To the Struggle Against World Terrorism

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Coordinates: 40°39′49.3″N 74°4′8.7″W / 40.663694°N 74.069083°W / 40.663694; -74.069083


To the Struggle Against World Terrorism (also known as the Tear of Grief and the Tear Drop Memorial) is a 10–story sculpture by Zurab Tsereteli that was given to the United States as an official gift of the Russian government as a memorial to the victims of the September 11 attacks and the 1993 World Trade Center bombing.[1] It stands at the end of the former Military Ocean Terminal in Bayonne, New Jersey, and was dedicated on September 11, 2006, in a ceremony attended by former U.S. President Bill Clinton and the President of Russia Vladimir Putin.[1][2]


The sculpture is in the form of a 100-foot (30 m) tower made of steel and coated in bronze, split with a jagged opening through the middle.[1] Inside the opening hangs a large stainless–steel teardrop, 40 feet (12 m) high,[1] in memory of those whose lives were lost during terrorist attacks in the United States.[3] The eleven sides of the monument's base bear granite name plates, on which are etched the names of those who died in the September 11 attacks and the 1993 World Trade Center bombing.[4]

Tsereteli did not disclose the cost of the sculpture except to say that he paid for labor and materials. A lawyer for the sculptor released the cost at about $12 million.[5] Tsereteli said metals for the sculpture were obtained "From a military factory that did airplanes. In Dzerzhinsk. A secret city."[6]

It was initially given to the local government of Jersey City, but was rejected. It was then relocated to its present placement in Bayonne.[7] In August 2010 the Port Authority of New York and New Jersey announced it had plans to build a container facility on the location and the monument would most likely have to be moved.[5] However these plans have not been confirmed by the Port Authority. Robert "Captain Bob" Terzi, a Bayonne taxi driver started an online petition to prevent the relocation.[5]

Reaction to the monument has been mixed. It was listed as one of the The World’s Ugliest Statues by Foreign Policy magazine,[8] while The New Yorker said from far away it looked like "a giant tea biscuit." [6] However reactions from the general public include "Pretty impressive," said one person and another called it a "breathtakingly beautiful creation".[5]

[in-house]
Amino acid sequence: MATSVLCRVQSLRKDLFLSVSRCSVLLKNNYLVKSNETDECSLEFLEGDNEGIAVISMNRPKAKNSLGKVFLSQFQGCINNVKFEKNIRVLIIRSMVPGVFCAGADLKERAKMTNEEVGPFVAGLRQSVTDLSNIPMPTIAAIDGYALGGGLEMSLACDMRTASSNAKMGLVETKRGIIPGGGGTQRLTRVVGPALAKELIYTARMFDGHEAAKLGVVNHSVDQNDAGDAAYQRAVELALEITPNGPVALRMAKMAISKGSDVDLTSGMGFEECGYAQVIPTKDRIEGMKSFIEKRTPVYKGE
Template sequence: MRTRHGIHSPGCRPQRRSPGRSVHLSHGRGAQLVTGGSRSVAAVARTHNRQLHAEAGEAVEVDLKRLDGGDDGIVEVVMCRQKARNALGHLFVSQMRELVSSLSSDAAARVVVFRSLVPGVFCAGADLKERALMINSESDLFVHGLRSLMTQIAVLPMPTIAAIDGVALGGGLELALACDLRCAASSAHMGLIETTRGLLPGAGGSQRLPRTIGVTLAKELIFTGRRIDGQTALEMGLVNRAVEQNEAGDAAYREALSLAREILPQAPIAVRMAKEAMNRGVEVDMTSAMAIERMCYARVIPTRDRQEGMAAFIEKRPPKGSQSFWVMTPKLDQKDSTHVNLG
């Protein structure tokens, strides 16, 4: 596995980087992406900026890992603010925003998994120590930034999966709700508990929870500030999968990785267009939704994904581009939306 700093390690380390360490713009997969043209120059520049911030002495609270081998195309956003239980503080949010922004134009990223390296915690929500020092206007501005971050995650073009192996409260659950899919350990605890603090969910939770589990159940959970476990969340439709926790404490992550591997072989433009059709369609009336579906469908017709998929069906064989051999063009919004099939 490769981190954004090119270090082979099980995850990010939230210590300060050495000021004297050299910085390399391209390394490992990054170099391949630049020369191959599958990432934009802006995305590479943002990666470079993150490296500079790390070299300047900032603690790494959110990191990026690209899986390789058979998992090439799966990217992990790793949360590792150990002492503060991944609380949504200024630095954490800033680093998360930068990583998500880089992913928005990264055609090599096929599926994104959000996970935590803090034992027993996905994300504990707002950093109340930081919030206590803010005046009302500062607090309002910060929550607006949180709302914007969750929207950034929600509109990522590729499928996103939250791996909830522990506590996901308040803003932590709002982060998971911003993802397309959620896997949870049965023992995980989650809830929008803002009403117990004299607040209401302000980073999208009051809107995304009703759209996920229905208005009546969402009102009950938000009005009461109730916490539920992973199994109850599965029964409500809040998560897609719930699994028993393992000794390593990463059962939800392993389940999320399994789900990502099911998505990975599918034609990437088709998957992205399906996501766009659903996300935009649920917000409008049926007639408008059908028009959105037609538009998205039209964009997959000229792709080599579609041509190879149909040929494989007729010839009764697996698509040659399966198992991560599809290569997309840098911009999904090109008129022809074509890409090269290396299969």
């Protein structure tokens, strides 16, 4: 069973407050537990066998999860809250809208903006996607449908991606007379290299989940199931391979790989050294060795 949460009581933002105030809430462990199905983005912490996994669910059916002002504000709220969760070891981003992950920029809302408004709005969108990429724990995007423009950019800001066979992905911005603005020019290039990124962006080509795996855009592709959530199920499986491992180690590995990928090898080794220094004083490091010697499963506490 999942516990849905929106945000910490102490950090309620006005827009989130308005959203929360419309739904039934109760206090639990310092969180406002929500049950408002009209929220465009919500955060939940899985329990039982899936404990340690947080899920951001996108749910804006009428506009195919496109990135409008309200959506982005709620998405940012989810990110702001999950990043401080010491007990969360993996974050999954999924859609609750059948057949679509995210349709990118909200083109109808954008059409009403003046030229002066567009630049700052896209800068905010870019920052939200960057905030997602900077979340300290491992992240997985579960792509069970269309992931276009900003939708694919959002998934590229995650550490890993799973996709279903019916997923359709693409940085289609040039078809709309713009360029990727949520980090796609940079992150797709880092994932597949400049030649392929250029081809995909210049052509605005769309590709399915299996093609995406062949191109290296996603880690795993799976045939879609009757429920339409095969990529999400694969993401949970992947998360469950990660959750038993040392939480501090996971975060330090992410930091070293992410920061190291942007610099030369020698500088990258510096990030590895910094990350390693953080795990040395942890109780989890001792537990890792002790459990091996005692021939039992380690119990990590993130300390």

In September 2011, a 4-foot (1.2 m) section of steel from the World Trade Center was placed adjacent to the sculpture.[9]

See also[edit]


  1. ^ a b c d "The Memorial at Harbor View Park" (PDF). Bayonne Local Redevelopment Authority. Archived from the original (PDF) on February 22, 2012. 
  2. ^ "The Unveiling of a New World Monument" (PDF). Archived (PDF) from the original on February 22, 2012. Retrieved March 17, 2009. 
  3. ^ "Tsereteli's Official Biography". Tsereteli's official webpage. Archived from the original on October 23, 2012. 
  4. ^ "To the Struggle Against World Terrorism: A History". Archived from the original on August 18, 2009. 
  5. ^ a b c d Mike Morley (October 2011). "White Elephants". Irish American News. Archived from the original on November 23, 2011. 
  6. ^ a b Finnegan, William (June 25, 2007). "On the Waterfront: Monument". The New Yorker. Archived from the original on July 16, 2015. Retrieved July 15, 2015. 
  7. ^ Miller, Jonathan (January 30, 2005). "Monument In Search Of a Home". The New York Times. Retrieved April 18, 2010. 
  8. ^ Keating, Joshua (April 5, 2010). "The World's Ugliest Statues". Archived from the original on January 6, 2011. 
  9. ^ Hack, Charles (August 31, 2011). "Motorcyclists to escort piece of World Trade Center steel to Bayonne memorial site on Sept. 7". The Jersey Journal. Archived from the original on October 27, 2014. 

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